The BTU School, located near Forest Hills Station in Jamaica Plain, is a teacher-run pilot school serving around 200 students in grades K-8. On a large bulletin board at the entrance, individually designed “Me Posters” introduce each staff member’s family and personal interests with lots of photos!

When I arrived, a circle of first graders was playing a game outside under the guidance of Playworks Coach Dani. In Lesley Strang‘s K1 class, children were making pattern block designs, building structures with plastic shapes, and playing with Cuisenaire rods – classic math manipulatives introduced in the 1960s!

Jerry Pisani‘s K2 students were engaged in a variety of independent literacy activities while he led a guided reading group. A founding teacher at the BTU School when it opened in 2009, he appreciates the autonomy teachers have to design curriculum and to help shape general school policies.

Throughout the school students were reading self-selected books, taking text notes, researching information on computers, and listening to stories. Fifth graders were creating their own books under the guidance of Laura Davila-Lynch, their visual arts teacher. Music teacher Gilberto Rivera was energetically leading his sixth-grade class in singing and dancing to This Little Light of Mine.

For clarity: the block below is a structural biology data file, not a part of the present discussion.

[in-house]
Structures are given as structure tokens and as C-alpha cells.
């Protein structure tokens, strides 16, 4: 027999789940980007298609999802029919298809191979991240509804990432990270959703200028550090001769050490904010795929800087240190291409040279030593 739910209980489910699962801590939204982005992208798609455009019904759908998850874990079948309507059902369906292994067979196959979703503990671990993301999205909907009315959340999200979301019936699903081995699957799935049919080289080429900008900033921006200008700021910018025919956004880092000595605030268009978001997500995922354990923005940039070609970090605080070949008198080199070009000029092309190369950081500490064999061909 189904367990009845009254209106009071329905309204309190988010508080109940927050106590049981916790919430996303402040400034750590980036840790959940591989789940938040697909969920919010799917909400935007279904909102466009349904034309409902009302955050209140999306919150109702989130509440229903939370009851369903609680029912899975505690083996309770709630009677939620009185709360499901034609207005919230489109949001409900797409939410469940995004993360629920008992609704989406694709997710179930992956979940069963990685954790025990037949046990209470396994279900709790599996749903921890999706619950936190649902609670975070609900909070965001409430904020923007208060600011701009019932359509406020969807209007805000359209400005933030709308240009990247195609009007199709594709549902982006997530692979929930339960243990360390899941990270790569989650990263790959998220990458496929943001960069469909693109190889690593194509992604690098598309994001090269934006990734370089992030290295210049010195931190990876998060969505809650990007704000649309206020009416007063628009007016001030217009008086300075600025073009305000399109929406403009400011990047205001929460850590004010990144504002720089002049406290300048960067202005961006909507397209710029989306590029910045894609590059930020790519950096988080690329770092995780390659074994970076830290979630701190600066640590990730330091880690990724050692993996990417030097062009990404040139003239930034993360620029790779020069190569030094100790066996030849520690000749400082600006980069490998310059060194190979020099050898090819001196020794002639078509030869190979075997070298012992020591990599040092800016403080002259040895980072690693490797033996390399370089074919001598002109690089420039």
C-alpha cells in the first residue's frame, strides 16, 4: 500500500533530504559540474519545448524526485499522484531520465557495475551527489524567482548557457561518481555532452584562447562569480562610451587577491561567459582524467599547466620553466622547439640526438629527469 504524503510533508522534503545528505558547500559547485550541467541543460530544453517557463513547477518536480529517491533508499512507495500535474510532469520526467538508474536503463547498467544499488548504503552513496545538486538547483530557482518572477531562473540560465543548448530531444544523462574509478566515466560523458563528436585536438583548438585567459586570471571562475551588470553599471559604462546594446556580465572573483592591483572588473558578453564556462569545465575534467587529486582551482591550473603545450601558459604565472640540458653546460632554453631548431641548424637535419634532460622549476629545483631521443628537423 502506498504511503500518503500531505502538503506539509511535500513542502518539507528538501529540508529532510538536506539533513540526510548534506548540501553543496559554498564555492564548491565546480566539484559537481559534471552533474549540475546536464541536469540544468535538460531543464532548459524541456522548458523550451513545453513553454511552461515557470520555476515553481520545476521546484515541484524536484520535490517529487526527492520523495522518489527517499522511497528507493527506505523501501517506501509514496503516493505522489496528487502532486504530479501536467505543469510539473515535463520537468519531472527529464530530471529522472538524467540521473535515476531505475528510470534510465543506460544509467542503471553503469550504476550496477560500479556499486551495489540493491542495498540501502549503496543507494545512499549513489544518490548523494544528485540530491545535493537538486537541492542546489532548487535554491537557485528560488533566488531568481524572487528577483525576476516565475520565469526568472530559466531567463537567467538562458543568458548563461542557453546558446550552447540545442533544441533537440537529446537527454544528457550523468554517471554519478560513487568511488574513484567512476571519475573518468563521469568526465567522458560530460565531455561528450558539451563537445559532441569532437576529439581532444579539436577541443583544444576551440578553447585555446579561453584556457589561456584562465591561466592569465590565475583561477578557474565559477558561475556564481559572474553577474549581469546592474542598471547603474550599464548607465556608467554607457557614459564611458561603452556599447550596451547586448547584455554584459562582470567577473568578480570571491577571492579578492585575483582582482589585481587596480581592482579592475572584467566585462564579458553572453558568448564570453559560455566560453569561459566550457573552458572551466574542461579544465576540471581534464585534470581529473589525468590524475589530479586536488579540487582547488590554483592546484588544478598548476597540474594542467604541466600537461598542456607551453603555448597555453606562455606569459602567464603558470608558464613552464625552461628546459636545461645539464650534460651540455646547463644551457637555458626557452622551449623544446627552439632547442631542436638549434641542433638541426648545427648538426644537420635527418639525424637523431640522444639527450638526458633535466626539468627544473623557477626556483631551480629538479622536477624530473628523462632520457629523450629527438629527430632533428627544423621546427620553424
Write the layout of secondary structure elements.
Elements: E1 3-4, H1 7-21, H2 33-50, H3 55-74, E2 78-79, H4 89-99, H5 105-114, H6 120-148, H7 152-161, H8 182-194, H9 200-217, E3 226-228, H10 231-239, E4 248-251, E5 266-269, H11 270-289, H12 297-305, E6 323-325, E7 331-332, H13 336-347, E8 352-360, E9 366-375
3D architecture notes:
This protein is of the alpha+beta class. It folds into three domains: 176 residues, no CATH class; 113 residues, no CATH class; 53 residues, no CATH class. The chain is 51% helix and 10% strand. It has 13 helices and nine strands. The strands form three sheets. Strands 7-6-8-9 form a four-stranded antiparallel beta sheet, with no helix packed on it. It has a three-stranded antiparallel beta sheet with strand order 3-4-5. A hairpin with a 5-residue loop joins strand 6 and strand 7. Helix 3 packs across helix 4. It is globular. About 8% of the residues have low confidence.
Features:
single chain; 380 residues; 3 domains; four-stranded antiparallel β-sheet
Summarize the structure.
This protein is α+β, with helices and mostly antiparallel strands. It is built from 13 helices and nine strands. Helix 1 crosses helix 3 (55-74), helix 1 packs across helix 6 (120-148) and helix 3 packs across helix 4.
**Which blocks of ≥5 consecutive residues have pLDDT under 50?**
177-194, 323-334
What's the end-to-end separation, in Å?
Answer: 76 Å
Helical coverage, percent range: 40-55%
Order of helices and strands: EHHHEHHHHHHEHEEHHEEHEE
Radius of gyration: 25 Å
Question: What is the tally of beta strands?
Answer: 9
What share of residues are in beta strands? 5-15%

Students in Alice McCabe‘s fourth-grade class were beginning a new research project on animals, while posters they’d made about Native American regional culture were put up outside the room. I was intrigued by a display of “Mathographies” – essays written by seventh graders in Lindsay Chaves’ class about their family and goals, as well as reflections on themselves as learners and their relationship to mathematics.

In Michael Dower‘s science class, a girl stood on a chair to test Galileo’s discovery that objects fall at the same rate despite having different mass. She dropped a metal weight and a tightly crumpled-up paper towel as her classmates watched to see if they hit the ground at the same time.

Teachers at the BTU School refer to their students as “scholars” in all verbal and written communications. The school-wide norms – respect, responsibility, rigor – are posted throughout the building, with site-specific behaviors listed under each category near common areas.

What are the ways your school builds a sense of shared language and expectations Please invite me to visit!

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Amika Kemmler-Ernst, Ed.D.